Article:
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Extinct Ground Sloths (Paramylodon harlani, Nothrotheriops shastensis, and Megalonyx jeffersoni) Fact Sheet: Summary

Extinct Ground Sloths (Paramylodon harlani, Nothrotheriops shastensis, and Megalonyx jeffersoni)

Archived Content

Disclaimer: Fact sheets on prehistoric (extinct) species contain archived content and are no longer being updated. At the time of publication, these pages summarized the best available science. However, some content may become outdated as scientists report new discoveries.

Extinct Ground Sloths (Paramylodon harlani, Nothrotheriops shastensis, and Megalonyx jeffersoni)

Extinct Ground Sloth 

Image credit: © San Diego Zoo Wildlife Alliance. All rights reserved.

Taxonomy Physical Characteristics

Kingdom: Animalia

Phylum: Chordata

Class: Mammalia

Order: Pilosa (anteaters and sloths)

Family: Mylodontidae (family is extinct)

Genus: Paramylodon                              

Species: Paramylodon harlani

Family: Nothrotheriidae (family is extinct)

Genus: Nothrotheriops

Species: Nothrotheriops shastensis

Family: Megalonychidae (family has extinct and living/extant members)

Genus: Megalonyx (extinct)

Species: Megalonyx jeffersoni




Body Weight
Paramylodon harlani: varied estimates from 1,000 kg (2,205 lb) to 1,089 kg (2,400 lb)
Nothrotheriops shastensis: estimated 250 kg (551 lb)
Megalonyx jeffersoni: estimated near 1,000 kg (2,205 lb)

Body Length
Paramylodon harlani: 3 m (9.8 ft)
Nothrotheriops shastensis: about the size of a black bear
Megalonyx jeffersoni: 3 m (9.8 ft)

Long hairs, especially on flanks and rear limbs.

Distribution & Status Behavior & Ecology

Paramylodon harlani: widely distributed across the U.S., especially in western states
Nothrotheriops shastensis: primarily western U.S. but also in Florida, Texas, Mexico
Megalonyx jeffersoni: wide distribution in over 150 sites in United States, including Alaska, northwestern Canada, Mexico

Paramylodon harlani: preferred areas of open grass or parkland, perhaps near water; not found in dry areas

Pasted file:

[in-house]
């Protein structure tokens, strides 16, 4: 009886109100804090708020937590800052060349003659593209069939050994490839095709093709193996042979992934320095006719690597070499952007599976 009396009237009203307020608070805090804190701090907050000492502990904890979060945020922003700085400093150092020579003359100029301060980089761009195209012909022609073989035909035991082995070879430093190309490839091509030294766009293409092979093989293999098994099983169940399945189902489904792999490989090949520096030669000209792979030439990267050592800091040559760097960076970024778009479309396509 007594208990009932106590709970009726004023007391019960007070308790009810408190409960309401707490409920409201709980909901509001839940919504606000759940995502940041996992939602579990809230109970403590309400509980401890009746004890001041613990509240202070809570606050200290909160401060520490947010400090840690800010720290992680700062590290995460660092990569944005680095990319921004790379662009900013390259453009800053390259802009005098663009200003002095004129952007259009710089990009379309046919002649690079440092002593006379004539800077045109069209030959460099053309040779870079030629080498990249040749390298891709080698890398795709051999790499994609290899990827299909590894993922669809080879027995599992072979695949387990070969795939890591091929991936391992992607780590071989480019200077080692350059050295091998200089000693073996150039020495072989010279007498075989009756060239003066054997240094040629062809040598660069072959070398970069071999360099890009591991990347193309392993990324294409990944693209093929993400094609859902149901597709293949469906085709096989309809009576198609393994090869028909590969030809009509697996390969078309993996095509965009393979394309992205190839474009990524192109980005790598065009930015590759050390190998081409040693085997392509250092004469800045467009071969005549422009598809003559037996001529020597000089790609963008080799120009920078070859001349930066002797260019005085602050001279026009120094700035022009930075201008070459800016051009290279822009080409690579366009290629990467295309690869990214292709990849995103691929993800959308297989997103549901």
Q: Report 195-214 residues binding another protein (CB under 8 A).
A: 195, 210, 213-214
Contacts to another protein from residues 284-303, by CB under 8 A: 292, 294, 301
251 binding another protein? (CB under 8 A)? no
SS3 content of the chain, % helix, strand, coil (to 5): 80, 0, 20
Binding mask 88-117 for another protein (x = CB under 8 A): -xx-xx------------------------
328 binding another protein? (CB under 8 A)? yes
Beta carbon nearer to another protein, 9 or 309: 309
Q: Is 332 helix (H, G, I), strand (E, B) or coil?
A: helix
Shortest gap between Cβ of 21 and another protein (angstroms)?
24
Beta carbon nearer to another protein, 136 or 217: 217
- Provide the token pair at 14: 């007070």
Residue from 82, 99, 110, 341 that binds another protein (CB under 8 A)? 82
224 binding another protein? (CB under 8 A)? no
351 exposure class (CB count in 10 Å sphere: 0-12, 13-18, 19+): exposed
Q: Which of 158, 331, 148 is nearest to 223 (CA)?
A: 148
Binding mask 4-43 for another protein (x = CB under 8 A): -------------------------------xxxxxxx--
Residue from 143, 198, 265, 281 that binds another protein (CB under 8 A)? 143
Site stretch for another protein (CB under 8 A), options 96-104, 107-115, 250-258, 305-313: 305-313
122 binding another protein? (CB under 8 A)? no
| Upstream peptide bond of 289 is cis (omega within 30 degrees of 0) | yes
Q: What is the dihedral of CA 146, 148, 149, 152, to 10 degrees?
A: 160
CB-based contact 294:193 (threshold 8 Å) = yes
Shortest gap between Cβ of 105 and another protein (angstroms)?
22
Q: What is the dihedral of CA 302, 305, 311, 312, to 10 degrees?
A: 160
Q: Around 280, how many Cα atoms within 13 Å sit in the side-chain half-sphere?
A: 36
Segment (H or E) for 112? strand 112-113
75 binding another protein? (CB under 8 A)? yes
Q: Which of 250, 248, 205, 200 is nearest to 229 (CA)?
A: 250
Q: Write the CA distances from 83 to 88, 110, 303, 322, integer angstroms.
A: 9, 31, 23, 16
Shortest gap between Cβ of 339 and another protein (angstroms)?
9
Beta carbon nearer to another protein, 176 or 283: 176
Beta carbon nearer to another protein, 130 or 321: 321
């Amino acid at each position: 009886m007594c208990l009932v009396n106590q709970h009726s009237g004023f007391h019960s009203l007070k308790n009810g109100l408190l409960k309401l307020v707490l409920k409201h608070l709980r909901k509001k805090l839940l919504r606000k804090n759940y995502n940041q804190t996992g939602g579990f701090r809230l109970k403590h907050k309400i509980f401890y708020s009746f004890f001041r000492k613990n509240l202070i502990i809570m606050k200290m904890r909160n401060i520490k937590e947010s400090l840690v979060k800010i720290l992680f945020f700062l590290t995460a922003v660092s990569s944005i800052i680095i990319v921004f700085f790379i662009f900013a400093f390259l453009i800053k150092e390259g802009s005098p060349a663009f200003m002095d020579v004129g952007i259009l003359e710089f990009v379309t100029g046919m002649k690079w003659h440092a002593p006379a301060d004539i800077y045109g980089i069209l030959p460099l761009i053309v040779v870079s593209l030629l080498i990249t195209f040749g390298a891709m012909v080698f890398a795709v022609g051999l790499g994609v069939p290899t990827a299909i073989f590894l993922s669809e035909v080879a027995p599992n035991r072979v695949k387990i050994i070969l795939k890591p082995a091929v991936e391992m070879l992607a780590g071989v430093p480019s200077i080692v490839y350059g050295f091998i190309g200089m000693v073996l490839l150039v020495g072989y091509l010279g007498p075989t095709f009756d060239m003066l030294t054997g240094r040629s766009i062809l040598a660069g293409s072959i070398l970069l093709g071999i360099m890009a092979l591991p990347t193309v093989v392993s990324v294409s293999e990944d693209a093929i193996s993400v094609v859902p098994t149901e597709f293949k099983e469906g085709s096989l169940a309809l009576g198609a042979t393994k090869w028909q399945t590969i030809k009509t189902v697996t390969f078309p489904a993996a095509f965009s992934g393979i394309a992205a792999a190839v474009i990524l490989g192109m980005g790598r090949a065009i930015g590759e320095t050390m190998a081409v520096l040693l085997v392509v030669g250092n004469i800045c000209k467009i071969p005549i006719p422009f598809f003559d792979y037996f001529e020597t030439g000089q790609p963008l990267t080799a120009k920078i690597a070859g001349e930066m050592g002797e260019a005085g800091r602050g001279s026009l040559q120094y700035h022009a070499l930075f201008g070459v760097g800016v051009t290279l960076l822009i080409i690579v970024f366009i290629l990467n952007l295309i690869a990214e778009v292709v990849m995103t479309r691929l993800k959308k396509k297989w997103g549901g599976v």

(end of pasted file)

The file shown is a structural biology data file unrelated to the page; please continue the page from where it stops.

Nothrotheriops shastensis: areas that were drier during the Pleistocene—open savanna scrub land with trees; deciduous forests
Megalonyx jeffersoni: gallery forests along rivers or lakes

All giant ground sloths are extinct. Causes unknown.

Studies suggest a range of movements, including tree-climbing, swimming, and burrowing.

Interspecies Interactions
Extinct ground sloths shared habitats with other large herbivores. Ex. Paramylodon harlani often found with mammoths in North America

Diets of ground sloths varied. Some exclusively herbivorous, some species also ate meat. See Diet & Feeding for details.

Ground sloths juveniles would have been vulnerable to the large cat predators (Smilodon, Homotherium, Panthera atrox) and perhaps Dire Wolves.

Reproduction & Development Species Highlights

Life stages
May have provided extended parental care. Had few young.

Feature Facts

  • The diversity of sloths in the fossil record is high; over 100 genera are recognized
  • 90% of sloth genera became extinct at the end of the Pleistocene
  • The adaptations and biology of living tree sloths are very different from extinct ground sloths; comparisions should be limited
  • Large powerful claws on the sloths' hands were probably for digging as well as defense.
  • Some ground sloths used caves as habitat
  • Sloths in the mylodontid family had small bony deposits (osteoderms) imbedded in their skin; other animals that have more developed osteoderms include lizards, crocodiles, and pangolins

About This Fact Sheet

© 2009 San Diego Zoo Wildlife Alliance


How to cite: Extinct Ground Sloths (Paramylodon harlani, Nothrotheriops shastensis, and Megalonyx jeffersoni) Fact Sheet. c2009. San Diego (CA): San Diego Zoo Wildlife Alliance; [accessed YYYY Mmm dd]. extinctgroundsloths
(note: replace YYYY Mmm dd with date accessed, e.g., 2015 Sep 10)


Disclaimer: Although San Diego Zoo Wildlife Alliance makes every attempt to provide accurate information, some of the facts provided may become outdated or replaced by new research findings. Questions and comments may be addressed to

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